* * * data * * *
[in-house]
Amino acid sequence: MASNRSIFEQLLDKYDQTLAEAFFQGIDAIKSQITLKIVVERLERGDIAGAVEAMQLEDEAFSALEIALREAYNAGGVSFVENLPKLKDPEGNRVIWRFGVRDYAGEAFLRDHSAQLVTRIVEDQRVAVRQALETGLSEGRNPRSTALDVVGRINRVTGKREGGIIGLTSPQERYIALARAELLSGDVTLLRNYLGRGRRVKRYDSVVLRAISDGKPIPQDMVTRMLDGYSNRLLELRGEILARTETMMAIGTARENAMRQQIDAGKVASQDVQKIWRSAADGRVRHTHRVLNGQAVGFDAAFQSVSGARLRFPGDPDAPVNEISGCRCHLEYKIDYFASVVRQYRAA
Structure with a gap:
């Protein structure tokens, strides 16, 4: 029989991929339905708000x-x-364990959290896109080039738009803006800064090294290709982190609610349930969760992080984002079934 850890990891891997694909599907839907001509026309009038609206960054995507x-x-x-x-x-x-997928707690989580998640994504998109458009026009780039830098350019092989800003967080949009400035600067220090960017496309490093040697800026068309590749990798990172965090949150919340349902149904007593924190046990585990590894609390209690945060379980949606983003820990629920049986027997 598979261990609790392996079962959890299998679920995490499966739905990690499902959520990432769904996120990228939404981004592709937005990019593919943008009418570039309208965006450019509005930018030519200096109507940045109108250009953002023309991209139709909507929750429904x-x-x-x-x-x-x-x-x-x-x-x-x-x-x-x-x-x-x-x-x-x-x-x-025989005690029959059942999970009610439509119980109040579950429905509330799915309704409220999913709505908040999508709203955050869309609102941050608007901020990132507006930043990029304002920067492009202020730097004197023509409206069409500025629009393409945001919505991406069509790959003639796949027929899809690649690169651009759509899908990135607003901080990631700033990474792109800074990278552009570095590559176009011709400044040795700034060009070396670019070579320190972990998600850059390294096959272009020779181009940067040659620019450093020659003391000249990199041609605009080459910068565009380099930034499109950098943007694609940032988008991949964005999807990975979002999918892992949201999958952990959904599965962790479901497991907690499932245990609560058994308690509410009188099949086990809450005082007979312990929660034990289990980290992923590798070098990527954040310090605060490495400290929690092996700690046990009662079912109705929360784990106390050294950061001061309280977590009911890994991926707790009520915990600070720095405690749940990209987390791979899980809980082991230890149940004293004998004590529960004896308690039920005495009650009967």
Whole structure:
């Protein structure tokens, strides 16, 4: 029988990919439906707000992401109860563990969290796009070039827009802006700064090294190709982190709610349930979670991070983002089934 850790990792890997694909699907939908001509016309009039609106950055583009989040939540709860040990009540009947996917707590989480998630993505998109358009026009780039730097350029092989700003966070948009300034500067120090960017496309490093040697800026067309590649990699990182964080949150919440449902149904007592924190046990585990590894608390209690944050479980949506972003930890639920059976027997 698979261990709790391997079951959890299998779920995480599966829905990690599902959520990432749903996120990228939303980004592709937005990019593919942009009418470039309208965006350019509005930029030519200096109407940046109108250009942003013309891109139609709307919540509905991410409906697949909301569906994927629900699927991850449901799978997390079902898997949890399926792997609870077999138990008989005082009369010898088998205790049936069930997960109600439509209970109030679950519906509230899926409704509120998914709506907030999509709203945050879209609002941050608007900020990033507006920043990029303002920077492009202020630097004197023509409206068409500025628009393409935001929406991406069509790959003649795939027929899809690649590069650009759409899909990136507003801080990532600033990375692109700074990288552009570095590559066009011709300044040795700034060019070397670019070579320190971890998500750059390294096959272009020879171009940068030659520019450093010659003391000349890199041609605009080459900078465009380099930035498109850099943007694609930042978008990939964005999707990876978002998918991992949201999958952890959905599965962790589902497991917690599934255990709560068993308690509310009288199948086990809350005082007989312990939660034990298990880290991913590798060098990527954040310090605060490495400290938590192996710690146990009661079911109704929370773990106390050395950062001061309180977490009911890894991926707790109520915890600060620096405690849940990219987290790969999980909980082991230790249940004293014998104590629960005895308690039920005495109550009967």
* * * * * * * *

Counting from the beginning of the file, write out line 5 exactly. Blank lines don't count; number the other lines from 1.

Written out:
Whole structure: